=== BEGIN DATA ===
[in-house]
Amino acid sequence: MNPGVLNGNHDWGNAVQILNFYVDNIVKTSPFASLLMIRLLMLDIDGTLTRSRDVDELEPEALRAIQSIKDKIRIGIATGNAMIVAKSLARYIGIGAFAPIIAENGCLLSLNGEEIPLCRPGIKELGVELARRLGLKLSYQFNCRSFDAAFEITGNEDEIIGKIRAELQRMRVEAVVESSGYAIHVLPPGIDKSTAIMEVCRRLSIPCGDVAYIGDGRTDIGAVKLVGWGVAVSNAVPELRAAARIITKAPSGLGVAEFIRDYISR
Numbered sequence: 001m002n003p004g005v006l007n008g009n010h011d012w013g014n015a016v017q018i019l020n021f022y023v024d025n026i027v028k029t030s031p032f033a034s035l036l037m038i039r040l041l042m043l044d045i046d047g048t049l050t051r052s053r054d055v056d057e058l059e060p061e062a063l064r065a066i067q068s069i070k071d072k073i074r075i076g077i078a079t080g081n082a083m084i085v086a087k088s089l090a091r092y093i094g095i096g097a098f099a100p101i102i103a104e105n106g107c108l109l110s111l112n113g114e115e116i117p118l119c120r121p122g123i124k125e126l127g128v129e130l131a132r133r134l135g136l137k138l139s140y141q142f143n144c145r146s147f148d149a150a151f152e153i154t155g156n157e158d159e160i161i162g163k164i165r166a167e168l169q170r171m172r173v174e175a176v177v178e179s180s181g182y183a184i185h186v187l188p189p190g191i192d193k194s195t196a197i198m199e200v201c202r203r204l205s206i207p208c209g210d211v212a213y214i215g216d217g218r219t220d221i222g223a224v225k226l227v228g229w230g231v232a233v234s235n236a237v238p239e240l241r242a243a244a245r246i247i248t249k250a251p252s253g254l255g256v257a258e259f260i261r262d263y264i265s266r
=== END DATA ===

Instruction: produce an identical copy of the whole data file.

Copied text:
[in-house]
Amino acid sequence: MNPGVLNGNHDWGNAVQILNFYVDNIVKTSPFASLLMIRLLMLDIDGTLTRSRDVDELEPEALRAIQSIKDKIRIGIATGNAMIVAKSLARYIGIGAFAPIIAENGCLLSLNGEEIPLCRPGIKELGVELARRLGLKLSYQFNCRSFDAAFEITGNEDEIIGKIRAELQRMRVEAVVESSGYAIHVLPPGIDKSTAIMEVCRRLSIPCGDVAYIGDGRTDIGAVKLVGWGVAVSNAVPELRAAARIITKAPSGLGVAEFIRDYISR
Numbered sequence: 001m002n003p004g005v006l007n008g009n010h011d012w013g014n015a016v017q018i019l020n021f022y023v024d025n026i027v028k029t030s031p032f033a034s035l036l037m038i039r040l041l042m043l044d045i046d047g048t049l050t051r052s053r054d055v056d057e058l059e060p061e062a063l064r065a066i067q068s069i070k071d072k073i074r075i076g077i078a079t080g081n082a083m084i085v086a087k088s089l090a091r092y093i094g095i096g097a098f099a100p101i102i103a104e105n106g107c108l109l110s111l112n113g114e115e116i117p118l119c120r121p122g123i124k125e126l127g128v129e130l131a132r133r134l135g136l137k138l139s140y141q142f143n144c145r146s147f148d149a150a151f152e153i154t155g156n157e158d159e160i161i162g163k164i165r166a167e168l169q170r171m172r173v174e175a176v177v178e179s180s181g182y183a184i185h186v187l188p189p190g191i192d193k194s195t196a197i198m199e200v201c202r203r204l205s206i207p208c209g210d211v212a213y214i215g216d217g218r219t220d221i222g223a224v225k226l227v228g229w230g231v232a233v234s235n236a237v238p239e240l241r242a243a244a245r246i247i248t249k250a251p252s253g254l255g256v257a258e259f260i261r262d263y264i265s266r